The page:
3. It is recommended that investment in employment, education and training
   programs and related investments such as training product, training infrastructure
   etc recognise the dual labour market nature of tourism and hospitality. While it is
   true and necessary that there is a large part-time and casual workforce, it should
   also be recognised that the number of full-time career positions in the industry
   (around 62,000) is equal to or greater than the number of full-time jobs in various
   other priority industries such as Mining (with 45,800 full-time workers).

4. Registered Training Organisations need to be aware of the Water Safety
   Handbook and review all training and assessment materials to reflect key
   messages for all Certificate IV or Diploma courses in hospitality, tourism and
   business.

5. Registered Training Organisations need to be aware of the Tourism Experience
   Pays Awareness Strategy and enlist QTIC’s support if required.

6. A strategy be developed and implemented to ensure provision of tourism and
   hospitality training (and other relevant non-agricultural training) in Longreach /
   Outback through recurrent funding rather than via ad-hoc project-based funding.




Any questions please contact:

Robyn Keenan
QTIC Skills Link Manager
07) 3207 6340
0418 777 209
robyn.keenan@qtic.com.au




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Appendix One (1)

                    RESPONSES TO QTIC’S MEMBER SURVEY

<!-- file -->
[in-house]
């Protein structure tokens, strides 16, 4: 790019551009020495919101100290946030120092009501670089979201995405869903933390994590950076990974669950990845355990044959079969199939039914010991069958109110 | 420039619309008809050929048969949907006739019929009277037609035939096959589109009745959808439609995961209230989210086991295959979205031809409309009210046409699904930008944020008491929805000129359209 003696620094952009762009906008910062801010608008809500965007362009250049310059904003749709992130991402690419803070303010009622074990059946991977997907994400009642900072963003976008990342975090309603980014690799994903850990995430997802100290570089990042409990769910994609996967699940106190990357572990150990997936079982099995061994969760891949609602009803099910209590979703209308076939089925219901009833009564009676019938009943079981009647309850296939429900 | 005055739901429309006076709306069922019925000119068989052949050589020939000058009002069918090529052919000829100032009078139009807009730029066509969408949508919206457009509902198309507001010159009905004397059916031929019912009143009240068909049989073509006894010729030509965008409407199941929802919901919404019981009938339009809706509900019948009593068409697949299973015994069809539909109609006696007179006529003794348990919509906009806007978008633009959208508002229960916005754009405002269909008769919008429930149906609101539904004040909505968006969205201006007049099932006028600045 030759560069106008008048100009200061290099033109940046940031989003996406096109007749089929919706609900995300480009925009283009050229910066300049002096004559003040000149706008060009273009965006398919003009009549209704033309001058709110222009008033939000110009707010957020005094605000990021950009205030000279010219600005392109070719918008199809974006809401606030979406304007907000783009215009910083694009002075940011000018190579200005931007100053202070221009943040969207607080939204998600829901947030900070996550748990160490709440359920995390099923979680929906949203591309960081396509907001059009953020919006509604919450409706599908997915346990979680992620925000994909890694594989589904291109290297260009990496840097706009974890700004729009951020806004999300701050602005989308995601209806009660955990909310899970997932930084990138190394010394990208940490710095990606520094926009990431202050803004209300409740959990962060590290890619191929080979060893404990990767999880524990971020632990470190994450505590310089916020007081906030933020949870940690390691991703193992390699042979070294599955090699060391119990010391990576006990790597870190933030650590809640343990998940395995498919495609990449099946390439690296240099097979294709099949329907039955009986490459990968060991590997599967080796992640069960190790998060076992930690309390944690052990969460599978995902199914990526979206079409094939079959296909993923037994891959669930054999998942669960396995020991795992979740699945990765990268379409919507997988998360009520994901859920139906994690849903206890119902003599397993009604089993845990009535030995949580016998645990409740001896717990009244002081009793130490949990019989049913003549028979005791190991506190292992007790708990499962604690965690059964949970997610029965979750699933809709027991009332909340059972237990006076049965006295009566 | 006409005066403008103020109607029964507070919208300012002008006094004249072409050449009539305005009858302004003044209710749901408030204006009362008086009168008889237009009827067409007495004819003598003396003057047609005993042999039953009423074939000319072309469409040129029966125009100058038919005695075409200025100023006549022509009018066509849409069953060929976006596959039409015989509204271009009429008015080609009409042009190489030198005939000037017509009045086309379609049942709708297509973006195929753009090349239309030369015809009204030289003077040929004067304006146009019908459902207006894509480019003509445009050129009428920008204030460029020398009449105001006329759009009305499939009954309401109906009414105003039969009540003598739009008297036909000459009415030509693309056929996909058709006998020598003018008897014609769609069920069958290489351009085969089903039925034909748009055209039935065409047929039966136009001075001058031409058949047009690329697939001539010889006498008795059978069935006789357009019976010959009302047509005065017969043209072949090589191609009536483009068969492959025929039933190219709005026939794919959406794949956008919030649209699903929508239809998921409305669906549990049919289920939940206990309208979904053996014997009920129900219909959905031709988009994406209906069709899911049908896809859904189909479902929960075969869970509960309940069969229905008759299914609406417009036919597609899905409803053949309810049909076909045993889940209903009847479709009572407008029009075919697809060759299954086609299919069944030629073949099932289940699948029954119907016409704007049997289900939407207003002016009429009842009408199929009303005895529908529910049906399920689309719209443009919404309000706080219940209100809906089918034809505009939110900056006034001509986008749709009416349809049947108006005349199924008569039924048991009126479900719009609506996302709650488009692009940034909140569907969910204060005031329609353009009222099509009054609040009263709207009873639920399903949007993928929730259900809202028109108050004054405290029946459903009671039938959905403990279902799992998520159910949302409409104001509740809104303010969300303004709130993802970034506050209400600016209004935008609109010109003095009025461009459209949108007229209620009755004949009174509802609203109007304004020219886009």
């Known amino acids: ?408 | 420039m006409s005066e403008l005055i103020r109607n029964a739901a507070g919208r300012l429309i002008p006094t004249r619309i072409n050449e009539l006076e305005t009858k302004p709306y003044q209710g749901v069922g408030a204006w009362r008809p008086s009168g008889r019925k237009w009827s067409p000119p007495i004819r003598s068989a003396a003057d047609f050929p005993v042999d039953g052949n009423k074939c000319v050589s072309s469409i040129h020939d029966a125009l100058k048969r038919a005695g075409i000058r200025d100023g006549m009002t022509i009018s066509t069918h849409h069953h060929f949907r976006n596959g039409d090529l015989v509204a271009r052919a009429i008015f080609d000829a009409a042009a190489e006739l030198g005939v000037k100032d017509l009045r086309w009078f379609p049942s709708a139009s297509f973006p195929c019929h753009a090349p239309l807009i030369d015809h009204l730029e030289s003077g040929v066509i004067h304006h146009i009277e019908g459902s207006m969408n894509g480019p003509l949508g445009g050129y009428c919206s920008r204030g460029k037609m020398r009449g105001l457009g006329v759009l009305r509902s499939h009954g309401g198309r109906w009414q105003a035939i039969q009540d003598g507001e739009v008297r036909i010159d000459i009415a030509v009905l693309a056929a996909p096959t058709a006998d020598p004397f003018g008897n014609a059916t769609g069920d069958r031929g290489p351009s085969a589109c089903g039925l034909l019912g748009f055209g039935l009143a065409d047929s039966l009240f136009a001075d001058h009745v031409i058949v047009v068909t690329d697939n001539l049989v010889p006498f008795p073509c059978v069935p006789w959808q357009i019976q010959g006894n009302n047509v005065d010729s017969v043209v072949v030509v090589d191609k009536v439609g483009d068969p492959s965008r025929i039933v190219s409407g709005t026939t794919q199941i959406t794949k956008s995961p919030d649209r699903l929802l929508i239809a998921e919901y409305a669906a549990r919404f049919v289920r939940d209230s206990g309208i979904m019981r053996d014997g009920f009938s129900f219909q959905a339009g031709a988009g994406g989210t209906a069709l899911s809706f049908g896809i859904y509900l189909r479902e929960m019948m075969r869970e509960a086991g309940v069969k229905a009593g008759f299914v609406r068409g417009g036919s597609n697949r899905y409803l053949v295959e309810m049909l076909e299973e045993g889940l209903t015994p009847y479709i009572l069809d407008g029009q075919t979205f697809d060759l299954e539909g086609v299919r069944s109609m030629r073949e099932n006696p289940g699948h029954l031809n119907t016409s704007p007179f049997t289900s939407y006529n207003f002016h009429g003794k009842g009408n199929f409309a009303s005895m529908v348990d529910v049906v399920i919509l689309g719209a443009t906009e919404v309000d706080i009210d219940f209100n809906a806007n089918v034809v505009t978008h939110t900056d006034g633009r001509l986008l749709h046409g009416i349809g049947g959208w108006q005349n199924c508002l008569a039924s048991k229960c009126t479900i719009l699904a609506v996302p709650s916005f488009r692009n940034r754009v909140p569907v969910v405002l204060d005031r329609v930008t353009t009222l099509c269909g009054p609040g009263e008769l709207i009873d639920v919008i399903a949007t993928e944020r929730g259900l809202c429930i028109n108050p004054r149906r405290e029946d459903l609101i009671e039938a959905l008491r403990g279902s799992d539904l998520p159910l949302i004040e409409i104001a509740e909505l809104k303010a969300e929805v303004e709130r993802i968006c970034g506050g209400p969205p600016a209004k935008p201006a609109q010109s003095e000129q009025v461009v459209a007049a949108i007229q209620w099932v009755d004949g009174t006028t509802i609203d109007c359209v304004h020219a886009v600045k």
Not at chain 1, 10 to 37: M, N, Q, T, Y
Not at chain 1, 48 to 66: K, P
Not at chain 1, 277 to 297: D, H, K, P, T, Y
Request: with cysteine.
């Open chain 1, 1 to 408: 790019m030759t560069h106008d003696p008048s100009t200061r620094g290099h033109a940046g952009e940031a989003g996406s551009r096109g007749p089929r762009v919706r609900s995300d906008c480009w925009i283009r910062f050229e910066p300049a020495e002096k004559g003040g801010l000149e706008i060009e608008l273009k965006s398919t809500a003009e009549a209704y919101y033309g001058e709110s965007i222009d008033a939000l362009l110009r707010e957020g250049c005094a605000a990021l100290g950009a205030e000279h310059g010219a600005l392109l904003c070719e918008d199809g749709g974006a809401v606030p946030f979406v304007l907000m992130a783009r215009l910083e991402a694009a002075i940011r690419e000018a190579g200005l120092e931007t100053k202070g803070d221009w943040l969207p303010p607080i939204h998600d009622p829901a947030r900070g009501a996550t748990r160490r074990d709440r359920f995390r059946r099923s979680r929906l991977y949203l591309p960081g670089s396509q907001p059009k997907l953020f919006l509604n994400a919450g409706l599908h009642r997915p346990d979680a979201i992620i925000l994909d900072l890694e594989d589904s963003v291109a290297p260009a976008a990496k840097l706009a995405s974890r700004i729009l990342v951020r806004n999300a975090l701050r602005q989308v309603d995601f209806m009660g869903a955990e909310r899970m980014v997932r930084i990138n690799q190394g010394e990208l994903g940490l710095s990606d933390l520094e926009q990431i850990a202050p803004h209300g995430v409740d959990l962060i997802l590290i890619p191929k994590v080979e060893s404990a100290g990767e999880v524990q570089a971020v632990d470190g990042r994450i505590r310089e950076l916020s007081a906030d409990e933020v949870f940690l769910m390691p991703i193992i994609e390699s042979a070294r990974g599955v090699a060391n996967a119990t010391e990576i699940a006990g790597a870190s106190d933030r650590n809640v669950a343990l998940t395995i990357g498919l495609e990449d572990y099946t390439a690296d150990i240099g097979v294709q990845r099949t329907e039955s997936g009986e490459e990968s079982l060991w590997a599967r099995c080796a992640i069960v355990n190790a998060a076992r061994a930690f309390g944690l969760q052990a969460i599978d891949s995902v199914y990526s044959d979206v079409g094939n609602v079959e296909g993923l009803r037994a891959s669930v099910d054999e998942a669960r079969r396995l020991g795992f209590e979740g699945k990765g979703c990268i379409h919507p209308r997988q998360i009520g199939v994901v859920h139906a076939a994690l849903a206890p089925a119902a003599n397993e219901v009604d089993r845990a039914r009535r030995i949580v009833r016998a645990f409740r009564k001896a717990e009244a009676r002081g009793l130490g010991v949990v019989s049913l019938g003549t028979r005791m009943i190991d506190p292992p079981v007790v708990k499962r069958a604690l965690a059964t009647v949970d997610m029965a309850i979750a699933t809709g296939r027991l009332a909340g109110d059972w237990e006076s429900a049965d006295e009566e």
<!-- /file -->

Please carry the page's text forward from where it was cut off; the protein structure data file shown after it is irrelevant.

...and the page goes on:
Tourism Priority Actions

                        Investment in Marketing and Promotion

     •   More advertising domestically
     •   Relentless marketing and promotions
     •   Funding for tourism marketing - supporting the industry through dollar for
         dollar campaigns
     •   More funding for interstate promotions
     •   Additional funding levels for marketing
     •   Destination marketing of other lesser known tourism regions to ensure
         smaller tourism operators "survive" the downturn
     •   Greater support for QLD Events
     •   Regional brand marketing that encompasses the whole of region and not just
         some of it.
     •   Improve coordination of regional marketing strategies
     •   Marketing our uniqueness and diversity i.e. from the reef to the outback
     •   Industry to support the global brand review for TQ and its cooperative
         programs
     •   Increase funding to Tourism Australia
     •   Encourage Australians to holiday in Australia
     •   Economic (low cost) co-operative marketing initiatives with smaller tourism
         operators for domestic target markets
     •   More funding for regional marketing initiatives
     •   Better cooperative marketing with smaller operators
     •   Extend focus beyond traditional markets
     •   Increase in tactical driven marketing activity
     •   Destination marketing has to remain a priority or momentum will be lost
         altogether.
     •   More funding to RTO's
     •   Online product distribution
     •   Strong and united approach to business events
     •   Larger focus on the online environment and training for operators


    Investment in infrastructure, tourism product development and natural assets

     •   Invest in infrastructure for tourism that improves presentation of our natural
         areas